The kind of love that Christ expects from you must not be limited to only certain groups of people, but it must embrace the broadest scope. We are to show love not only to our friends and neighbours, but even to total strangers as well, and more than that, even to those who hate us and those who are our enemies. The Jews who heard Jesus say this would react and say, 'How can You say that we must love our enemies?, Are we not told 'Thou shalt love thy neighbour, and hate thine enemy'?' (v.43)

Actually the word of God never says that we are to hate our enemies at all. The commandment as God gave it in the scriptures in Leviticus 19:18 only reads, 'thou shalt love thy neighbour as thyself: I am the LORD.' The clause 'and hate thine enemy' was added on by some ancient teachers of Israel, who had a distorted interpretation of this commandment! Notice that v.43 begins with the clause, 'Ye have heard that it hath been said,' Compare this now with what is stated at the beginning of v.21 and 27 'Ye have heard that it was said by them of old time,' Notice that in all these verses Jesus did not say, 'It is written'. That is because He is not citing the teachings of the Scriptures, but the distorted interpretations that were given to it by 'them of old time'

Jesus then gives the correct interpretation of the commandment to love in v.44 'But I say unto you, Love your enemies, bless them that curse you, do good to them that hate you, and pray for them which despitefully use you, and persecute you'. How do we love our enemies? One outstanding example is found in the life of David at the time when King Saul was pursuing him with the intention of killing him. David and his men were hiding in a cave and Saul did not know it. Saul went in to that cave to ease himself not knowing that David was hiding in there. 

David and his men were hid by the darkness of the cave and could have easily have taken advantage of this to end his miserable fugitive life there and then by taking Saul's life. But he refused. He said in 1 Samuel 24:6 'The LORD forbid that I should do this thing unto my master, the LORD'S anointed, to stretch forth mine hand against him, seeing he is the anointed of the LORD.'

The same thing happened again later on. This time Saul and 3,000 men came again after David. And God caused the whole camp of Saul to fall asleep at night - even the guards - so that David and one of his men were able to come right up to the sleeping king Saul. Once again David had his golden opportunity to take his enemy's life. But he did not, saying, 'The LORD forbid that I should stretch forth mine hand against the LORD'S anointed' (1 Samuel 26:11). When King Saul died on the battlefield, David could have rejoiced that his enemy was dead. But instead, he mourned the death of Saul and composed one of the most moving eulogies about Saul and of Jonathan, his son, which is recorded in 2 Samuel chapter 1.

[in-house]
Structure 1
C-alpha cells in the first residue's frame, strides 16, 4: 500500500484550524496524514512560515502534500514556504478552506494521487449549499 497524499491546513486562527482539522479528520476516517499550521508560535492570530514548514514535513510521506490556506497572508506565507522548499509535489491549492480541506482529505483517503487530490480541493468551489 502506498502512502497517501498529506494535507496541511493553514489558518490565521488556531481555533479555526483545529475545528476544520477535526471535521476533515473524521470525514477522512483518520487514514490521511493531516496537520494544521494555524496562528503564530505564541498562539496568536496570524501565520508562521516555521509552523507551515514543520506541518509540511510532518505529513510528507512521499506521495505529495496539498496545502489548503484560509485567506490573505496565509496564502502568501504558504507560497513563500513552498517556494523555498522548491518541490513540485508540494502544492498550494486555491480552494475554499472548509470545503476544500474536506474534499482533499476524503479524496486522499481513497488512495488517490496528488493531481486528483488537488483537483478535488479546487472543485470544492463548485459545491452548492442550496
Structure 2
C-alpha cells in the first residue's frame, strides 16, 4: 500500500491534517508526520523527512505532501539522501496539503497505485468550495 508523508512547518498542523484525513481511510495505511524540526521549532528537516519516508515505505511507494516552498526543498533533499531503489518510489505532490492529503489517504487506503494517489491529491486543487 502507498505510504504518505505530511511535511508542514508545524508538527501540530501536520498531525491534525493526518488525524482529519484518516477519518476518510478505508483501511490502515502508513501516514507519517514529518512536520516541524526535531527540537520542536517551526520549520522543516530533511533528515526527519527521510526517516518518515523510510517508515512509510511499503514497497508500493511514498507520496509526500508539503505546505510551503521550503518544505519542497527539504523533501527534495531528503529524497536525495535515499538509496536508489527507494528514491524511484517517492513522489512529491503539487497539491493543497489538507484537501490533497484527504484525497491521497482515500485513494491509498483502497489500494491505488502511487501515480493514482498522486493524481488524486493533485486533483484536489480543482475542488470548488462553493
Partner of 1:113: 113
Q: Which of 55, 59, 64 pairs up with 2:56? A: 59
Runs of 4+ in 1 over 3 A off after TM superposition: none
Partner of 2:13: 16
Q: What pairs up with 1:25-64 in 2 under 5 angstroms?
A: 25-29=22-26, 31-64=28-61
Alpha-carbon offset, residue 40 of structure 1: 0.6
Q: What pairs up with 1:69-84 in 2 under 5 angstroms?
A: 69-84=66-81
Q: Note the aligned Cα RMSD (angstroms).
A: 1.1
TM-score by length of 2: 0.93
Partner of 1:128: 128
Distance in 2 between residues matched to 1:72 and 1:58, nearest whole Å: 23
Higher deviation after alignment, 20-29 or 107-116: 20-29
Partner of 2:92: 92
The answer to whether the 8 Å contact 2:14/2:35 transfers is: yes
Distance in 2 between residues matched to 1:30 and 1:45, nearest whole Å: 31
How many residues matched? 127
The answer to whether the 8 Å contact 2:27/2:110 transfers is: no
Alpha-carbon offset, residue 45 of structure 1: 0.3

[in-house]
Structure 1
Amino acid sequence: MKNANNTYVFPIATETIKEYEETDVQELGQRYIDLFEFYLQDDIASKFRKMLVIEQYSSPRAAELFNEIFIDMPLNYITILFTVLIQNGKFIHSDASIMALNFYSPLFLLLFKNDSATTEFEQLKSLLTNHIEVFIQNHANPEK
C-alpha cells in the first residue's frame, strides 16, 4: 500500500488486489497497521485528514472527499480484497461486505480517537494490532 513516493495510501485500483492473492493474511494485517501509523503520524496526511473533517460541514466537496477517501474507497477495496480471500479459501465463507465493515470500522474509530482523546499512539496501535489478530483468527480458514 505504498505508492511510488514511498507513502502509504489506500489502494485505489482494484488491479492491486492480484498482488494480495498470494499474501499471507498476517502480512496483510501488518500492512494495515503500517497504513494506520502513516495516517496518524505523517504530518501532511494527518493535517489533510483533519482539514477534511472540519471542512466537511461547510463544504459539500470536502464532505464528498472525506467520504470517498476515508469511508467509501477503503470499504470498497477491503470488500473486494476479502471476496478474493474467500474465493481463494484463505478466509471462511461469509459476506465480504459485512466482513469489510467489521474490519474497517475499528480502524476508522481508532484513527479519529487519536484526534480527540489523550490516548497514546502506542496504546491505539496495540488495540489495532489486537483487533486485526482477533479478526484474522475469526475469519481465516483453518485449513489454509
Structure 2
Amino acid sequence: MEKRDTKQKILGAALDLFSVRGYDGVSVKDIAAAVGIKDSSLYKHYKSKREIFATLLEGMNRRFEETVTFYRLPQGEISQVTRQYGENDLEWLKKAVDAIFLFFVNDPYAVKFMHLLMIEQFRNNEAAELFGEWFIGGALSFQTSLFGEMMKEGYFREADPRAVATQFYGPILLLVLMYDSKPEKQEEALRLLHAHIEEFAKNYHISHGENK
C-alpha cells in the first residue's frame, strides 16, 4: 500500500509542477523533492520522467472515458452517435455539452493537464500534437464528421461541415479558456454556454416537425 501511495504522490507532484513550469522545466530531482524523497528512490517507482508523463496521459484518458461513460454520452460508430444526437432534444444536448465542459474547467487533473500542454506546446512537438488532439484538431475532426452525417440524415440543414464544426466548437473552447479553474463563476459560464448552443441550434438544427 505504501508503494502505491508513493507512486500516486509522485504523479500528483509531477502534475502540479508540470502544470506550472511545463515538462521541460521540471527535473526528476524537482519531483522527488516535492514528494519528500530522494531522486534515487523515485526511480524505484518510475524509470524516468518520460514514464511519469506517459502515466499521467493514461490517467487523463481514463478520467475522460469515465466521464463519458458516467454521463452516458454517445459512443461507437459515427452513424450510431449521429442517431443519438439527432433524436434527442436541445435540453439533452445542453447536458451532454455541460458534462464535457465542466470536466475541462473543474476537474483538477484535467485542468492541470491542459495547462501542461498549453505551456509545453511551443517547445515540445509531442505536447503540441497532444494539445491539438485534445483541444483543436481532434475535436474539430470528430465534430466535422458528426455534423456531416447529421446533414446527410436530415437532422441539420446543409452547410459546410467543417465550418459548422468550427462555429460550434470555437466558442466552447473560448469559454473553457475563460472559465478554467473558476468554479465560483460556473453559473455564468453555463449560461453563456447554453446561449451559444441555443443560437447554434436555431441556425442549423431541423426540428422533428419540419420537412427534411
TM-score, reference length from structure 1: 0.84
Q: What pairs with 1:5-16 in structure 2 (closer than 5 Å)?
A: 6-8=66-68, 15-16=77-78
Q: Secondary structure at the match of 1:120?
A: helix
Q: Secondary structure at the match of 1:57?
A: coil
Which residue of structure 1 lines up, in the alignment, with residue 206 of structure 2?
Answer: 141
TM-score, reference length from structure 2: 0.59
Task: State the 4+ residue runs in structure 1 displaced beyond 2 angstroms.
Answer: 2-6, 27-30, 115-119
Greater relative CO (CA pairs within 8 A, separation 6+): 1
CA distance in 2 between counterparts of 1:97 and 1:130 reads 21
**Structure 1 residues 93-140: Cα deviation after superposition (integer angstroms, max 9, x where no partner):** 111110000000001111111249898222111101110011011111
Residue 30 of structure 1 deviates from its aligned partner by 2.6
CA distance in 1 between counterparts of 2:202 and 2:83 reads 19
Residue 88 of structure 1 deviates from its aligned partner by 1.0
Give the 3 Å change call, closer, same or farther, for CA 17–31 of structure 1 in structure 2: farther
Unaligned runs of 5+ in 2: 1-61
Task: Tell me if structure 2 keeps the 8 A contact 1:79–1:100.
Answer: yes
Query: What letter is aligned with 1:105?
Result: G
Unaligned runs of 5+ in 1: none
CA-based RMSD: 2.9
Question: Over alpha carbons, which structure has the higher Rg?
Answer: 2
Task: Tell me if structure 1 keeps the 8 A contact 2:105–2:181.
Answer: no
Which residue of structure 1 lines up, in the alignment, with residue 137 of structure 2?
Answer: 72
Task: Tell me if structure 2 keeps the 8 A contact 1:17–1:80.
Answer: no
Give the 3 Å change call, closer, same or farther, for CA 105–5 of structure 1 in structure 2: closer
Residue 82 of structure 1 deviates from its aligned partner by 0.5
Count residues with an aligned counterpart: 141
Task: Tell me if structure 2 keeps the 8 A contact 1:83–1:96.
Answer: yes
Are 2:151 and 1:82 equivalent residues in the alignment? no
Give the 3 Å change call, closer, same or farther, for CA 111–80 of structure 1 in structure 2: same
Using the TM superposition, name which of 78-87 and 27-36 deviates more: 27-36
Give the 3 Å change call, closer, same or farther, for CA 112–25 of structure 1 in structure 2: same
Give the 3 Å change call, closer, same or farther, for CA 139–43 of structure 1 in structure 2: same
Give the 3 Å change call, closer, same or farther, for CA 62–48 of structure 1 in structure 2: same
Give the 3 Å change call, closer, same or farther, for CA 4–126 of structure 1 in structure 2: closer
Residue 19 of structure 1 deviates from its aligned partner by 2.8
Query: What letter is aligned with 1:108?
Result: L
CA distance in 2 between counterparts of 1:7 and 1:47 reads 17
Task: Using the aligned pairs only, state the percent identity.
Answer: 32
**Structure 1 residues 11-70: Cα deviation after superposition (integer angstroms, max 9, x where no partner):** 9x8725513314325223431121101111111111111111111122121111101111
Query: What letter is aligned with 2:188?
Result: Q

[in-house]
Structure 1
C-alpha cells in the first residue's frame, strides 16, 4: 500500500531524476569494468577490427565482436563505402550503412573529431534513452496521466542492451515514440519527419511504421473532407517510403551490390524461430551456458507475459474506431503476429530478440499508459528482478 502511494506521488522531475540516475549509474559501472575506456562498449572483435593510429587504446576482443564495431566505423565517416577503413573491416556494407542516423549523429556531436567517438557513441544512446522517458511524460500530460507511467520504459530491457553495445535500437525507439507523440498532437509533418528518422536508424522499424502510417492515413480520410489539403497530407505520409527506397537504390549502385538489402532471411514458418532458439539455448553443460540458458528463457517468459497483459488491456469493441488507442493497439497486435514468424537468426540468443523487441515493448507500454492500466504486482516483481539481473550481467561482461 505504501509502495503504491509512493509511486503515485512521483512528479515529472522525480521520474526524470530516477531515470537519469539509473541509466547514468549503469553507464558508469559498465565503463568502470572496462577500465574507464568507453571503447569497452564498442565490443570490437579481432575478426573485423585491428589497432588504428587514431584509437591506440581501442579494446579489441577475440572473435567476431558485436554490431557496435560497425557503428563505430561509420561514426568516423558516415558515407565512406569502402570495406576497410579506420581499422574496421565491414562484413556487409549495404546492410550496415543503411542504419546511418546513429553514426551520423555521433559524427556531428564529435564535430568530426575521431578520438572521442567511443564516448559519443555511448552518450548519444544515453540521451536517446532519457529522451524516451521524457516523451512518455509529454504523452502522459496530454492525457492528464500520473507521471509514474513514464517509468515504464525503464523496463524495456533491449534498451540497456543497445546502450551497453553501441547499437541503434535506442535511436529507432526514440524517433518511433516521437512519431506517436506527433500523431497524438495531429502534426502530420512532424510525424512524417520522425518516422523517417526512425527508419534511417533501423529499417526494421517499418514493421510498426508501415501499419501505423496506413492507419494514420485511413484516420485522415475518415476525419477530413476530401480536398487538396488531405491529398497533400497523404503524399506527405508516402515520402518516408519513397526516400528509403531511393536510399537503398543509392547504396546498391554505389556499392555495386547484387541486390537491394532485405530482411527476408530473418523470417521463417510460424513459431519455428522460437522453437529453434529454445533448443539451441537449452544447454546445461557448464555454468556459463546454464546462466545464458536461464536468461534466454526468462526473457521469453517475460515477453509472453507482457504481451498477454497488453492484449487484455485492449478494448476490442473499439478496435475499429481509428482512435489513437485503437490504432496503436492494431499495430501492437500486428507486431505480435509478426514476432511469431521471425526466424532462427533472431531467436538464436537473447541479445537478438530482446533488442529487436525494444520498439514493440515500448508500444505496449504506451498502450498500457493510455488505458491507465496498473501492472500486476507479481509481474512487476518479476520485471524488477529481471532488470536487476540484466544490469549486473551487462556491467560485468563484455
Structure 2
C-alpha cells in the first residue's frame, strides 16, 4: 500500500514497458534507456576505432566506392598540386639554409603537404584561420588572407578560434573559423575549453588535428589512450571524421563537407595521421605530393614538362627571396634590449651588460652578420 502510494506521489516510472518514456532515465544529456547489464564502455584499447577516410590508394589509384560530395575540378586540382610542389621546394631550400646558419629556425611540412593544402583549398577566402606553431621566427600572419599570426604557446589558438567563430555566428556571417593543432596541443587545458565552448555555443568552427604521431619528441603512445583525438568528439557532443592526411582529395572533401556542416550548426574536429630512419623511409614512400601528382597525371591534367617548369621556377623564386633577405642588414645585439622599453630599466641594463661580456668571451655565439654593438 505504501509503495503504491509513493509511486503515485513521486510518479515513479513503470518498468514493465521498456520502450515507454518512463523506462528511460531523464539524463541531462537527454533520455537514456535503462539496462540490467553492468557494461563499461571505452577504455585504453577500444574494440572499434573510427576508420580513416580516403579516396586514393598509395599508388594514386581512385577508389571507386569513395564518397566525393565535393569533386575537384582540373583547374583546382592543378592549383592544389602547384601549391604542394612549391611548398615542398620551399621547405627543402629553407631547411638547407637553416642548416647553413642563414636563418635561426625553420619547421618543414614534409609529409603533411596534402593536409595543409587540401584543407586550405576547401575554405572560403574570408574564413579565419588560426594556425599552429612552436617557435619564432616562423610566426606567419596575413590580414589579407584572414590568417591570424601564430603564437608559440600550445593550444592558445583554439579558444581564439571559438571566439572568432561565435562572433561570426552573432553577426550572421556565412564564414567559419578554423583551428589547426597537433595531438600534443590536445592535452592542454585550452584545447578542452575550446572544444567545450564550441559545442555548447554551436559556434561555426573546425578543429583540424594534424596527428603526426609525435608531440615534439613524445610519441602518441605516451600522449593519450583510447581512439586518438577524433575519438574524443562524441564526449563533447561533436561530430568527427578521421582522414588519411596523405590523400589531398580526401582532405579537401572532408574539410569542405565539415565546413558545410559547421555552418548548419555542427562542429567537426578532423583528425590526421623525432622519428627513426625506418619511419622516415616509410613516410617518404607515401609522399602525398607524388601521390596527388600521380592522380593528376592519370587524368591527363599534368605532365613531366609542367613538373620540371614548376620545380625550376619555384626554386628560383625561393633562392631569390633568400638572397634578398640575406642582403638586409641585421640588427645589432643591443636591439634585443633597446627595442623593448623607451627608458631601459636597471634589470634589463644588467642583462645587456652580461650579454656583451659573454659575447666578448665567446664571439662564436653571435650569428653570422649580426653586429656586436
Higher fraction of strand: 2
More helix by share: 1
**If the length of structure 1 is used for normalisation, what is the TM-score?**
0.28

These responses of David to Saul exemplify the selfless love that was taught by our Lord Jesus Christ in Matthew 5:44 'But I say unto you, Love your enemies, bless them that curse you, do good to them that hate you, and pray for them which despitefully use you, and persecute you' The supreme example of selfless love however, is the love of our Lord Jesus Christ. The Bible tells us that, 'when He was reviled, reviled not again; when He suffered, He threatened not; but committed Himself to Him that judgeth righteously' (1 Peter 2:23). And as He hung upon the cross, beholding the mocking throng of Jews and Romans He said, 'Father, forgive them; for they know not what they do.' 

Dearly beloved, perhaps there may be someone you know who has done things against you which you consider to be totally unforgiveable. You feel that the wrong that was done against you is so great that there can be absolutely no possibility of demonstrating love by way of forgiving that person. The scriptures however specifically commands you to forgive those who have sinned against you, since you have been forgiven of all your sins by God. You are constrained to love your enemies because God Himself loved His enemies and forgave them. This brings us to the second characteristic of the love that does not seek its own: 

II. It Is a Supernatural Love (v. 45) 

Let us look at v.45 'That ye may be the children of your Father which is in heaven: for He maketh His sun to rise on the evil and on the good, and sendeth rain on the just and on the unjust.' Children often bear the resemblance of their parents. If you are God's child you should bear His resemblance of love. Therefore your love must be a supernatural or godly love, embodying the highest standard of all which is God's own love for mankind! 

Ephesians 5:1,2 states the same principle 'Be ye therefore followers of God, as dear children; And walk in love, as Christ also hath loved us, and hath given Himself for us an offering and a sacrifice to God for a sweetsmelling savour.'